Captain Kirk’s weekly comic reviews – 09/23/2015

Quality over quantity, right?

That’s a hard concept for a glutton like me. Seriously – I had two lunches today. One that I prepared for myself (Beautiful ham sandwiches with aged cheddar cheese …) but then a retired colleague brought in a wonderful West Indies curry dish to touch base with all of her former workmates.

I couldn’t say no.

But I recognize the value of savoury snacks or tasty tidbits and that pretty much describes the list for this week. It’s small, but there are some wonderful little amuse bouches for sampling.

Image Comics

Reyn #8


I really enjoy this mixture of science and sorcery. It’s a very 1980’s theme – a group of spacefarers who live aboard a colony ark ship unaware that they are actually on a spaceship and not a fantasy medieval village.

This was a bit of dull issue this month though; somewhat of a filler, I’d say. The cover is a bit of a tease when the events it alludes to don’t actually happen. It’s more of a lead-in to that eventual outcome but that won’t occur until next issue, more than likely.


Shrinking Man #3


I’m not blind to the human focus of this story, but it’s pretty bland. I mean, I’m all into conveying a story as true to its roots as much as possible but the struggle of Scott Carey as he diminishes in size and the level of stress it places on his marriage. I want to see more of the conflicts with the mice, the spiders or at least something more about the actual shrinking. The problem with this book is that the story is entirely plausible, but it’s also a little too domestic.

Still, I admire IDW’s commitment to integrity and preserving original storylines. It’s admirable and in the thin profit margin world of comic publishing, it’s a very bold and principled perspective.

DC Comics/Vertigo

Astro City #27


Usually I go nuts about every one of Kurt Busiek’s amazing stories, but I can’t say this one thrilled me. I’m not an anime lover and the American Chibi character is simply a representation of yet another super-hero trope that Astro City includes amongst its denizens. I get that and Busiek is free to explore all aspects of super-hero culture, but this seemed like he had to do it in order to cover all of his bases.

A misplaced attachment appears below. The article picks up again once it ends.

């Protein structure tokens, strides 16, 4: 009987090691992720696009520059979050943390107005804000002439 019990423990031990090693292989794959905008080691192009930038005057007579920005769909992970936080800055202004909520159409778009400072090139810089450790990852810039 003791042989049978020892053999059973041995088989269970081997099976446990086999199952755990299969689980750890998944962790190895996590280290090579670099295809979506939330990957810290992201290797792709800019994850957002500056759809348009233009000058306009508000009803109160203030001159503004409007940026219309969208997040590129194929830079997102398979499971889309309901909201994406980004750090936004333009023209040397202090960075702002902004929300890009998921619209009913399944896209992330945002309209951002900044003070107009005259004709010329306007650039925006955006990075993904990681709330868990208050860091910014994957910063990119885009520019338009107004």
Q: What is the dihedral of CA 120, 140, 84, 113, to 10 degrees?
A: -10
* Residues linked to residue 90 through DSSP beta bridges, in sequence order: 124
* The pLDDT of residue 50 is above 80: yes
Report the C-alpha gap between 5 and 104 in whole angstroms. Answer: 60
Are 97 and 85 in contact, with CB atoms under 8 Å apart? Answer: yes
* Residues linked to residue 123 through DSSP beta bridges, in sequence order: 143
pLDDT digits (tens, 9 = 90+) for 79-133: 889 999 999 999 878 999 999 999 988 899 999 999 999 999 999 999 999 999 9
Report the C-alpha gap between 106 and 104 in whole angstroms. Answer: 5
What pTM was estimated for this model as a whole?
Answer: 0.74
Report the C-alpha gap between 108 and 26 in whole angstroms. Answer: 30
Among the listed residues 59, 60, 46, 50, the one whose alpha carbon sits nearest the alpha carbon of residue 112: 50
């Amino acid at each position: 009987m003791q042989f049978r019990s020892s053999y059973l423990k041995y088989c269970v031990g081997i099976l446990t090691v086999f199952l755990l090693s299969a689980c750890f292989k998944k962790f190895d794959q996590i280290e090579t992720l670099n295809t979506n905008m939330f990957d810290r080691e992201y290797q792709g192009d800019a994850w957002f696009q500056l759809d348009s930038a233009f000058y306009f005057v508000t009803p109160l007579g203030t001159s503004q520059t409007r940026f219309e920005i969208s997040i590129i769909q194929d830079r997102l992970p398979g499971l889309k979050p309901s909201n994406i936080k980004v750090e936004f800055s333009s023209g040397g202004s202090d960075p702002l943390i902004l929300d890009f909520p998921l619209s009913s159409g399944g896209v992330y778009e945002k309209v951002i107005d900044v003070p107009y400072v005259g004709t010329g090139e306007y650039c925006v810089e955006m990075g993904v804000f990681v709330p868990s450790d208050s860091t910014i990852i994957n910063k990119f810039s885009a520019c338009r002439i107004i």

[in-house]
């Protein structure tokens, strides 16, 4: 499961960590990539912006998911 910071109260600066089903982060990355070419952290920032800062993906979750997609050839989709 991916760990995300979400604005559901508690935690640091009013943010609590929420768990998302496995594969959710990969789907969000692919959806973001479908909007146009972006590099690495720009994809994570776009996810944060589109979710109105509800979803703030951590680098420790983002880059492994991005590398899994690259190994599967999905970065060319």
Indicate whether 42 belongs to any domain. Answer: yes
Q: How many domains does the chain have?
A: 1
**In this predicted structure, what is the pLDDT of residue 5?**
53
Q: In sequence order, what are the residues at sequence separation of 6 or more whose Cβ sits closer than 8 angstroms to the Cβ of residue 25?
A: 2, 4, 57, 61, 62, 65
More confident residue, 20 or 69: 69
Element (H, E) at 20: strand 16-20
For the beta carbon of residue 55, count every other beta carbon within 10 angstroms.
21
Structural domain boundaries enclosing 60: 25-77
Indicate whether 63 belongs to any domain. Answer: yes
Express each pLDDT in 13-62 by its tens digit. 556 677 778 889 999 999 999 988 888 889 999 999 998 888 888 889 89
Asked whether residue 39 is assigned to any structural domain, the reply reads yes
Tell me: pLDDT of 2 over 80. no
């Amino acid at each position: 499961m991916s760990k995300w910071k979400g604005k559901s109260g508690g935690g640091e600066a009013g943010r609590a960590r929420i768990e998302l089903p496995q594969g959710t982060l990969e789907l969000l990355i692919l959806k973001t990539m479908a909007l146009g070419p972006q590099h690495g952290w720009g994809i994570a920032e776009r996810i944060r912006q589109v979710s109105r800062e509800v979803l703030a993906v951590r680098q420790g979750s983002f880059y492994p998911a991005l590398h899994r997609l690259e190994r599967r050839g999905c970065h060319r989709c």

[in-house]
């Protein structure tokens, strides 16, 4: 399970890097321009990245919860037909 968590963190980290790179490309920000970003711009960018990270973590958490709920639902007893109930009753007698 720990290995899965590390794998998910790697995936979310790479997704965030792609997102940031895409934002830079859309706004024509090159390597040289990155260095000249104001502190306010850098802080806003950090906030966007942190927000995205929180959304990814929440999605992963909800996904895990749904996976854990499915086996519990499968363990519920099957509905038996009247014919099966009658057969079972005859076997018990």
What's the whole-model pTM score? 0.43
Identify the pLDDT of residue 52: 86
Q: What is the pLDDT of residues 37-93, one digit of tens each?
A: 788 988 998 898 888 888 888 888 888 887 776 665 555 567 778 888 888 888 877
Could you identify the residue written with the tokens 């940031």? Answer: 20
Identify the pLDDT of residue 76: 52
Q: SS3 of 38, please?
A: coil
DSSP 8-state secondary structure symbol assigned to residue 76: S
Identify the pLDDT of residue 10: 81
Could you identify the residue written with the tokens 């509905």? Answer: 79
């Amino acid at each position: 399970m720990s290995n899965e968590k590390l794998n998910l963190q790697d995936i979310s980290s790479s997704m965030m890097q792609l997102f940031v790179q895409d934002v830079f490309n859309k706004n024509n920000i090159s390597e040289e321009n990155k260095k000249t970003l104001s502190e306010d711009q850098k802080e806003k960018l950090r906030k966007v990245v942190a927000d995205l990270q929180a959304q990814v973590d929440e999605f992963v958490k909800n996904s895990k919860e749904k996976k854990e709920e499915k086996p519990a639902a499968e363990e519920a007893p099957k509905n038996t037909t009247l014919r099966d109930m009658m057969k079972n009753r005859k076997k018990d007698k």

Plus, guest artist Joe Infurnari just wasn’t the sketcher for this story. The art was too grainy for the ultra-cute nature of the Chibi style of art. All in all, this wasn’t the best Astro City I’ve read.

Marvel Comics

1872 #3

marvel 1872 - 3


Leonard Kirk (no relation) does the cover for this Marvel Western story. One of my favourite artists, he’s always s great guy to talk to and does such an amazing job with any project he’s handed. I have two commissions from Leonard and they grace the door to my basement geek-den.

Unfortunately, he should have been the artist on the interior for this book as well. I found Nik Virella’s a tad bland in contrast to Kirk’s dynamic style. It’s a bit of a tease to see Kirk first.

The story is great though. It’s pure Western tradition and one of the most enjoyable of the Secret Wars otherworld stories. Gerry Duggan has certainly channelled Zane Grey or some other cowboy novelist and twisted the origin stories of some of Marvel’s favourite heroes with a Western flair. Definitely worth picking up.

Star Wars: Kanan #6


I actually thought this series was done so the fact that it had another issue was really a surprise to me. It wasn’t a bad comic but it took on more of the cartoon aspect of Star Wars: Rebels, obviously to match up with the nature of the show. But it proved to be a little too juvenile for my tastes. I think this will be the last issue for me.

The pick for this week has to be:

marvel 1872 - 3

1872 #3

It sells itself on the basis of two things: Leonard Kirk’s amazing cover art and a true-to-form devotion to the art of the Western. I wasn’t really a Western fan when I was younger but I’ve learned to appreciate the artform for what it is: a melodramatic testament to the frontier spirit. Raw justice permeates these tales and makes the distinction between right and wrong really obvious. It’s such a great milieu and Gerry Duggan has it down pat.

So – yeah, a pretty light sampler pack this week, but that’s okay. Man was not meant to live on bread alone, but every now and then, it’s not bad idea to keep things simple!


About Captain John K. Kirk

Captain John K. Kirk
John Kirk is an English and History teacher and librarian in Toronto, Canada. In addition to the traditional curriculum, John tries to teach his students to make sense of geek culture. And with the name "J. Kirk," it's hard for him to not inject "Star Trek" into his lessons. Comics, RPGs and the usual fanboy gear make up his classroom resources.

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